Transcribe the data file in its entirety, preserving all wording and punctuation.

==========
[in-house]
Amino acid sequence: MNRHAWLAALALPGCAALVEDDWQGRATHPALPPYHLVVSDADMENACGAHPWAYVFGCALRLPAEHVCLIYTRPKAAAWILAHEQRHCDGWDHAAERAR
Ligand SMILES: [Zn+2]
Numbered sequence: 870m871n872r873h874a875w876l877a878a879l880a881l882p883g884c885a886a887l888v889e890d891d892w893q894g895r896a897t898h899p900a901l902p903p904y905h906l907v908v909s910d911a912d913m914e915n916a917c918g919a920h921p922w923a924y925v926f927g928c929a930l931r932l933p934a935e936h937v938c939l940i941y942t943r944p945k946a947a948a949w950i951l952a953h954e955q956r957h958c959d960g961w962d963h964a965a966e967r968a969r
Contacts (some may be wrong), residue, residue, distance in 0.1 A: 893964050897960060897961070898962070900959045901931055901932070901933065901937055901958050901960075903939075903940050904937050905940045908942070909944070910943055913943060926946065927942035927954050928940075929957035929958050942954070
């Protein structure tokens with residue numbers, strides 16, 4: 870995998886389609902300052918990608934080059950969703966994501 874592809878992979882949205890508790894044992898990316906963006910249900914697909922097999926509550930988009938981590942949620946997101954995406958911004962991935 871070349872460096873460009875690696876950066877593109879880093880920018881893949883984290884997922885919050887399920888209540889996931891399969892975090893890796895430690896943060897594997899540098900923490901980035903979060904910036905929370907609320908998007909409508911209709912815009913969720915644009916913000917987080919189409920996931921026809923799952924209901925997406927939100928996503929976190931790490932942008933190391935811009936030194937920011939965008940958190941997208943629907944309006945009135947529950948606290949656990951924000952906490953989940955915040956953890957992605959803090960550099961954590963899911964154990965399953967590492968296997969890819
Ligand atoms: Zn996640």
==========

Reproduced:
[in-house]
Amino acid sequence: MNRHAWLAALALPGCAALVEDDWQGRATHPALPPYHLVVSDADMENACGAHPWAYVFGCALRLPAEHVCLIYTRPKAAAWILAHEQRHCDGWDHAAERAR
Ligand SMILES: [Zn+2]
Numbered sequence: 870m871n872r873h874a875w876l877a878a879l880a881l882p883g884c885a886a887l888v889e890d891d892w893q894g895r896a897t898h899p900a901l902p903p904y905h906l907v908v909s910d911a912d913m914e915n916a917c918g919a920h921p922w923a924y925v926f927g928c929a930l931r932l933p934a935e936h937v938c939l940i941y942t943r944p945k946a947a948a949w950i951l952a953h954e955q956r957h958c959d960g961w962d963h964a965a966e967r968a969r
Contacts (some may be wrong), residue, residue, distance in 0.1 A: 893964050897960060897961070898962070900959045901931055901932070901933065901937055901958050901960075903939075903940050904937050905940045908942070909944070910943055913943060926946065927942035927954050928940075929957035929958050942954070
């Protein structure tokens with residue numbers, strides 16, 4: 870995998886389609902300052918990608934080059950969703966994501 874592809878992979882949205890508790894044992898990316906963006910249900914697909922097999926509550930988009938981590942949620946997101954995406958911004962991935 871070349872460096873460009875690696876950066877593109879880093880920018881893949883984290884997922885919050887399920888209540889996931891399969892975090893890796895430690896943060897594997899540098900923490901980035903979060904910036905929370907609320908998007909409508911209709912815009913969720915644009916913000917987080919189409920996931921026809923799952924209901925997406927939100928996503929976190931790490932942008933190391935811009936030194937920011939965008940958190941997208943629907944309006945009135947529950948606290949656990951924000952906490953989940955915040956953890957992605959803090960550099961954590963899911964154990965399953967590492968296997969890819
Ligand atoms: Zn996640």